In 2020, I’ve committed to completing a chronological reading of the Bible. Today I came to the Passover and the final plague of many called down upon Egypt. I was familiar with the Biblical account, but for some reason this week as I read it again, the words God gave Moses for Pharaoh grabbed me:
“Let my people go, so that they may serve me.”
He doesn’t just say “Let my people go,” as one might recall readily from the well-known spiritual. God repeatedly expresses the purpose for His people’s freedom: so they (and we) can worship Him. In addition to God providing the most compelling argument for political freedom, that He repeatedly emphasizes his reasoning (“so that they may serve me”) should spur us to consider the specific purposes of our freedom.
This brings to mind two very different hot topics where this idea might be applied.
Stepping Back as Royals
Being a bit of an anglophile and somewhat enamored of the British royal family, the announcement of the Duke and Duchess of Sussex “stepping back” from their status as senior royals was surprising. But the element of that which vexes me most is their apparent purpose in it. Is it acceptable for a young family to strike out on their own and try something new, even “progressive?” Sure, it can be. But in service of what?
Yesterday’s Daily Mail suggests that being her “true, authentic self” is among Meghan’s stated goals for their departure. If we understand our identity accurately and also whose Image we bear, becoming our True selves will be a natural result. But much of the supporting logic for the family’s newfound independence—with language from, admittedly, anonymous sources but also named friends and the couple themselves—is worrisome if one understands fame, wealth, position, even individualism and the pursuit of self-actualization as means that can be fruitfully employed to proper ends, but not as ends in themselves. That Meghan has reportedly retained her extensive staff from her previous celebrity position and throughout her courtship and marriage is indication of her individual ambition. More questionable is the amount of discussion around the ability of a global “Sussex Royal” branded charitable enterprise to make the Sussexes lives even still more comfortable. What do the Sussexes see their newfound freedom existing for? While none of us can say with certainty, since ambition and charitable tendencies are far from inherently immoral, their intentions for their newfound freedom do matter.
For those who ascribe to a Biblical understanding of the human person including the body, that pornography is an obvious and universal bad should be clear. It is not God glorifying nor is it consistent with human flourishing. This should be stated unambiguously by followers of Christ.
Even so, being wholeheartedly opposed to the production and consumption of pornography does not logically imply one must support a particular legal response to pornography. (I hesitate to offer analogous logic, say with smoking and cigarette bans, because the fact that pornography is especially deleterious for everyone involved should not be minimized.) But it seems within the current debate about responses to the pornography problem, some otherwise sharp thinkers (for example) have rejected as impossible the logically coherent position of people who sincerely reject pornography in every form and for any use while opposing a government ban. To ignore this possibility and suggest that opposing a ban is always symptomatic of idolatry of freedom, love of money, or a personal appreciation of pornography can amount to an ad hominem accusation. One is welcome to argue that pornography is so bad and bans likely to be sufficiently effective that a ban is warranted. But those who argue this should be charitable enough to consider the argument of those who disagree. Basic economic reasoning suggests that a ban could be ineffective or worse and the costs of further expanding the role of our federal government may very well outweigh the benefits. Sadly, it is difficult to find proponents of a ban who are articulating a charitable stance toward those who raise these deeply held concerns about prohibitions on pornography.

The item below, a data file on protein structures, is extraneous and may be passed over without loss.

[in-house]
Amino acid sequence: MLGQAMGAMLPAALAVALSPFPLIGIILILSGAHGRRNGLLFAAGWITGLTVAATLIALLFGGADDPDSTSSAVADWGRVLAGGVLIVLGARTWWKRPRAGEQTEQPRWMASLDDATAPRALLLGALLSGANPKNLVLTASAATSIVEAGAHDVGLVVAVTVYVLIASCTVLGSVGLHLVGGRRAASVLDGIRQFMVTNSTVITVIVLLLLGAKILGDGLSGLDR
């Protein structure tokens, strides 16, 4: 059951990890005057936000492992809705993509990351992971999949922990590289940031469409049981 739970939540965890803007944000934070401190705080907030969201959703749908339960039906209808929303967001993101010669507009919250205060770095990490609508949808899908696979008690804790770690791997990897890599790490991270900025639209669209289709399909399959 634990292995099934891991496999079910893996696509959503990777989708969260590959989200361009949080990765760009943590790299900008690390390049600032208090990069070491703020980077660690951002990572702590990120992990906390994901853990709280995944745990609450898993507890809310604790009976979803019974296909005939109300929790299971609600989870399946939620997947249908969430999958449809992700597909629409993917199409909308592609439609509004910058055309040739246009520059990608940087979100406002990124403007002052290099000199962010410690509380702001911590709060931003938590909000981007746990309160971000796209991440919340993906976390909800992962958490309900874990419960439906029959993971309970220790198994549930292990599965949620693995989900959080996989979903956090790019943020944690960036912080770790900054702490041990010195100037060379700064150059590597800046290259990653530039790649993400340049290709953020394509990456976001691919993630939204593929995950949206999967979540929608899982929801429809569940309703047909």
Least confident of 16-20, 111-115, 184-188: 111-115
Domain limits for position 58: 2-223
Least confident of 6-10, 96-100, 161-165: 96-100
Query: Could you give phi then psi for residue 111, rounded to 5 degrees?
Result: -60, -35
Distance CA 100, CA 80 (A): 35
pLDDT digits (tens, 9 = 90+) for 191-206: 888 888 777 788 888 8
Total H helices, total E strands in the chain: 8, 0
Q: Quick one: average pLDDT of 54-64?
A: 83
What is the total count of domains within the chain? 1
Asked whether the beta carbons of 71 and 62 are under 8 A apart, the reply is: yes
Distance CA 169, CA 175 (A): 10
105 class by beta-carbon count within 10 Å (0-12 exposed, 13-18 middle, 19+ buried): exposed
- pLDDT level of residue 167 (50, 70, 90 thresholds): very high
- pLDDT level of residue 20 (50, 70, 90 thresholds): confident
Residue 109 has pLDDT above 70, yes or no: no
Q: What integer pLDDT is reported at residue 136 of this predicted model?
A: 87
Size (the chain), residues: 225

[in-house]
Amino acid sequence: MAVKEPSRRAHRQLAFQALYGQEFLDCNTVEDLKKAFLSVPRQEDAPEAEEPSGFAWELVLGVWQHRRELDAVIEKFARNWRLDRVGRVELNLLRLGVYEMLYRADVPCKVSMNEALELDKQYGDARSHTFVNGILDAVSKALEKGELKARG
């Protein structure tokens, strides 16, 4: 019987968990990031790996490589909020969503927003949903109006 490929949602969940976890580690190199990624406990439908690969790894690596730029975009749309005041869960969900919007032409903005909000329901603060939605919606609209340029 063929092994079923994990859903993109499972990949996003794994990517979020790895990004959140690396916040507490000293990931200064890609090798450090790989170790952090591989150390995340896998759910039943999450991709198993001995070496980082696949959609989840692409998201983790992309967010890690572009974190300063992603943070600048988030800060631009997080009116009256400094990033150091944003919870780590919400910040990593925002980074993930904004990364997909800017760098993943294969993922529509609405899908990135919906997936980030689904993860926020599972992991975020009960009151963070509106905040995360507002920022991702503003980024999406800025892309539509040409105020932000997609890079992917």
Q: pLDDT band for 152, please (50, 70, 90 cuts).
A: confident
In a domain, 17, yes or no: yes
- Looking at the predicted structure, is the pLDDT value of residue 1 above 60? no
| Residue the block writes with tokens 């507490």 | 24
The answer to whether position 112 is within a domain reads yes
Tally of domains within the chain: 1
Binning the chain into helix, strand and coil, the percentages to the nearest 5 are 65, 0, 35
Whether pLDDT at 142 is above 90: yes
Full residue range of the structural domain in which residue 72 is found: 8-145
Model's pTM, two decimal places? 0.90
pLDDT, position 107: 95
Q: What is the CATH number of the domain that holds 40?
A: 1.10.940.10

There are also relatively few anti-prohibition thinkers who have made public and explicit a view that pornography is evil, though I suspect there are many. Libertarian and (classically) liberal Christians must be careful not to provide the stereotype so many of our opponents seek. All Christians should accept that freedom is intended for something and then say that, live that, and be grateful for the God-given scope for our proper use of free choice. This is especially crucial for our Christian witness to unbelieving advocates of liberty. For their sake, we should make positive arguments about what our freedom is for (spoiler: not pornography).
But it is likewise crucially important to be clear about our moral stances in our intra-church dialogue where views on the role of government and understandings of real-world trade-offs to policies differ and where caricatures of libertarians as libertine are too common. To engage those conservative Christians who might also trust the state further than is conducive to human flourishing, we should articulate carefully that attempts to legislate morality are often counterproductive, not just in pluralist societies but any society marred by sin. Whether or not it proves sufficient to get a hearing from our detractors, to have any chance at real dialogue and to be consistent with Truth, we must continually and credibly assent to God’s design for our freedom.